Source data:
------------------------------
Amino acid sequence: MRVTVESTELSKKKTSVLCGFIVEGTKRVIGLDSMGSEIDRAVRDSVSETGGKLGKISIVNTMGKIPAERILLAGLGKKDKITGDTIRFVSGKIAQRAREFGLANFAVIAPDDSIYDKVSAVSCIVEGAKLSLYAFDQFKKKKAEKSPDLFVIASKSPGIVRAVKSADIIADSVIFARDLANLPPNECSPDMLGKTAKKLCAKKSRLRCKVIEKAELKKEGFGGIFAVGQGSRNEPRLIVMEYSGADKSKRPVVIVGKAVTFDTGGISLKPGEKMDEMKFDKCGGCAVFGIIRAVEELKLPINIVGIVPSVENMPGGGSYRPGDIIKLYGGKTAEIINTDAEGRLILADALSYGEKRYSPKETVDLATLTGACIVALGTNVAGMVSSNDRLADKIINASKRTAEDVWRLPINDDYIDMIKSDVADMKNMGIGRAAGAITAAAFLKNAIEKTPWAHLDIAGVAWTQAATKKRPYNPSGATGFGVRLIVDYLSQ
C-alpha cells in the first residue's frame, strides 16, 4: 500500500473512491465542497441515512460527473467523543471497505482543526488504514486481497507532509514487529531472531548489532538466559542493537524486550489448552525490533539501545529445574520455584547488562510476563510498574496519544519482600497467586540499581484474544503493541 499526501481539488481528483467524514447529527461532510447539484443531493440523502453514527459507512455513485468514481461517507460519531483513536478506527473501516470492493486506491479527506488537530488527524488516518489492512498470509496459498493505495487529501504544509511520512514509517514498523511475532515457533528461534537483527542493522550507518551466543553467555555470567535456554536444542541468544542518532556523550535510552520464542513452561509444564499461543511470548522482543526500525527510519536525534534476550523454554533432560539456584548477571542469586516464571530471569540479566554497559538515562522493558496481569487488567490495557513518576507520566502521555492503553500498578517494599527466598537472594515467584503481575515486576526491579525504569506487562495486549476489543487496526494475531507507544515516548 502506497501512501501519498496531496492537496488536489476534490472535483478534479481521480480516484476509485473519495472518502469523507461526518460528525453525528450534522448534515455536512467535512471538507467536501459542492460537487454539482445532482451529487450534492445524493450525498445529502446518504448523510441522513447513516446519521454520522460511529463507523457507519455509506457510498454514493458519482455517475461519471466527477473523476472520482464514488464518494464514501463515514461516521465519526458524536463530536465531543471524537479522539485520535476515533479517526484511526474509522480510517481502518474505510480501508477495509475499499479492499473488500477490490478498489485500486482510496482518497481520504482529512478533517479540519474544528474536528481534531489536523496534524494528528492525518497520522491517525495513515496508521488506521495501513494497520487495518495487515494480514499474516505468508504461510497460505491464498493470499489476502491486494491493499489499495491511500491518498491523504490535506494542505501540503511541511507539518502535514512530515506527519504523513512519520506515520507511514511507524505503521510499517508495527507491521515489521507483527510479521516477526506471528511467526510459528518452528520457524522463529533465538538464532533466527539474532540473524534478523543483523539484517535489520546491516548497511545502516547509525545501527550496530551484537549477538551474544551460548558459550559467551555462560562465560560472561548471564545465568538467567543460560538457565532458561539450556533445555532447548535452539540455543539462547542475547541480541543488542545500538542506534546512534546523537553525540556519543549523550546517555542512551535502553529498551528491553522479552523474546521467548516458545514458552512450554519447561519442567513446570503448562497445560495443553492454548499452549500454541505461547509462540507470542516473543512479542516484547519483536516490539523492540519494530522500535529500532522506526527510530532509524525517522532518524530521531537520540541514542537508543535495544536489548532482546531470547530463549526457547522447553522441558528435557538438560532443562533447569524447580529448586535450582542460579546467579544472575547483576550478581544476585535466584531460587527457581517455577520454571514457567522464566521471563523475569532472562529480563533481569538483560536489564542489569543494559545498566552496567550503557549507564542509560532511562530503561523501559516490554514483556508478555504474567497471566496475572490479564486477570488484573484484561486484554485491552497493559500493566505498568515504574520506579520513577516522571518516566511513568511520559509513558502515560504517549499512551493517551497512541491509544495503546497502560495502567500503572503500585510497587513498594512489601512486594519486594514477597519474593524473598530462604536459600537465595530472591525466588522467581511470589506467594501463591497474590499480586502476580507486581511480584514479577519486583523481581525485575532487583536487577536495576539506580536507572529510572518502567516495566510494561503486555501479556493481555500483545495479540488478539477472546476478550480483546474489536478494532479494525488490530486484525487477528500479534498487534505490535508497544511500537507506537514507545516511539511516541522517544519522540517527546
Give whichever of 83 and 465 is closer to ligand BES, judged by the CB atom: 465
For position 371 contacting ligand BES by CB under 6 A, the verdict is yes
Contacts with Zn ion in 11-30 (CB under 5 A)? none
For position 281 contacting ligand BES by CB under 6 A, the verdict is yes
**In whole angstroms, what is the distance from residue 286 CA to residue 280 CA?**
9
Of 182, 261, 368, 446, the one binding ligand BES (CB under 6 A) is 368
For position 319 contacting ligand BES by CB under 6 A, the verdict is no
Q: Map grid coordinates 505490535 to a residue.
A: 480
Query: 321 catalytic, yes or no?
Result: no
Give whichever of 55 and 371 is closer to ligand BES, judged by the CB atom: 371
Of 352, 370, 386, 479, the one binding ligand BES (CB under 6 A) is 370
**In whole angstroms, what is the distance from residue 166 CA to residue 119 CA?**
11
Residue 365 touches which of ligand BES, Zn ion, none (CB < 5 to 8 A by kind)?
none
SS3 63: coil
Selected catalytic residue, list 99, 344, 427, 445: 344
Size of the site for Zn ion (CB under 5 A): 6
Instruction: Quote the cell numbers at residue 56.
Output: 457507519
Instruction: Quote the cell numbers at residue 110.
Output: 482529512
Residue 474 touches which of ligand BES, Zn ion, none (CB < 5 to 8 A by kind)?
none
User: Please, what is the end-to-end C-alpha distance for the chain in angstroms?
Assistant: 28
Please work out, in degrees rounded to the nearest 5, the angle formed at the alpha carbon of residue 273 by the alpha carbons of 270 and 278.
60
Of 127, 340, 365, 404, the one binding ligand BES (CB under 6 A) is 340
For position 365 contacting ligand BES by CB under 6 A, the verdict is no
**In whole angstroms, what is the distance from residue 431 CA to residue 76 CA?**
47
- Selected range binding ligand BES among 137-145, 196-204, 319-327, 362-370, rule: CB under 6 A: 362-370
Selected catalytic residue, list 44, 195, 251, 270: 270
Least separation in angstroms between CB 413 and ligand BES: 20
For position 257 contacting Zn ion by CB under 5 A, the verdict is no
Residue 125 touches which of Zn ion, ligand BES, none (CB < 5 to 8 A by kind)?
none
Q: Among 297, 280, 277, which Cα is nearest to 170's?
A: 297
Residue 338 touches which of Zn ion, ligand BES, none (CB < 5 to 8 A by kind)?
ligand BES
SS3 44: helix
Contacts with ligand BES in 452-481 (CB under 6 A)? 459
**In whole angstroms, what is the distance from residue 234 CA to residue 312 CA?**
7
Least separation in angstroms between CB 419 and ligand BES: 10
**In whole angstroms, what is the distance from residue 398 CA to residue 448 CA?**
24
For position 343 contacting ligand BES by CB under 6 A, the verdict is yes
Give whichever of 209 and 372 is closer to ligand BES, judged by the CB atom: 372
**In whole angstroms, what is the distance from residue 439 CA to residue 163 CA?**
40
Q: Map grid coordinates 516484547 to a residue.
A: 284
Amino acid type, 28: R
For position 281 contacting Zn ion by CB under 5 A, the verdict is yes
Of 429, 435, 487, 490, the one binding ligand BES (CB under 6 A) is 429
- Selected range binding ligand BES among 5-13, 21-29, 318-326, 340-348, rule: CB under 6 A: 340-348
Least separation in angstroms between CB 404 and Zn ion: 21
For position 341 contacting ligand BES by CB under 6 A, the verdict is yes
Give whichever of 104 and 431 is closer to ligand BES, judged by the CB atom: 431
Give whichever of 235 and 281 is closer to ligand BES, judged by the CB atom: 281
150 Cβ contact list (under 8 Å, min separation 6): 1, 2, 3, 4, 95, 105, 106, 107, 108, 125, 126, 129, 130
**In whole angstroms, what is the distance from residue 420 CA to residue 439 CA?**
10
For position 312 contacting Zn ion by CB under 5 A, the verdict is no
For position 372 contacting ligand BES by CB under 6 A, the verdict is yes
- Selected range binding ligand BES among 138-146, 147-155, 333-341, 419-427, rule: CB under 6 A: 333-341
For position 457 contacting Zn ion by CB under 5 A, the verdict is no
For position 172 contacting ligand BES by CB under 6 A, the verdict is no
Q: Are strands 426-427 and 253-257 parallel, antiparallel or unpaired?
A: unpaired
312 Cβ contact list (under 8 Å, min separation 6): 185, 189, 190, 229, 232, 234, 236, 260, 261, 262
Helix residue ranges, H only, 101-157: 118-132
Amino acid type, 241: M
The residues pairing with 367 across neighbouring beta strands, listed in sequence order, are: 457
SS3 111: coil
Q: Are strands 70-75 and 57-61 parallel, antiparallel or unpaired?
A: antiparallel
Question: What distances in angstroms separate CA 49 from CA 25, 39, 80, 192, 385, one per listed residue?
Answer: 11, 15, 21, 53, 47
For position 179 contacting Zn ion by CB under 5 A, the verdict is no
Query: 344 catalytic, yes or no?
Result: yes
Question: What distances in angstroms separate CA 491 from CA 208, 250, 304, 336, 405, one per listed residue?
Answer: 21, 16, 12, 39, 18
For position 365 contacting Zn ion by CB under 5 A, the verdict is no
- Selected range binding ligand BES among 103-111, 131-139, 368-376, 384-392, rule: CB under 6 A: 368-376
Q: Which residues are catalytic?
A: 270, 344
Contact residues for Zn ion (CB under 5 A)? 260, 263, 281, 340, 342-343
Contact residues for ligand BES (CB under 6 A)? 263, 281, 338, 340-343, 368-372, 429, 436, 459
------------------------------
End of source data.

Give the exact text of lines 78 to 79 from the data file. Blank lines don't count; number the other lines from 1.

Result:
A: unpaired
312 Cβ contact list (under 8 Å, min separation 6): 185, 189, 190, 229, 232, 234, 236, 260, 261, 262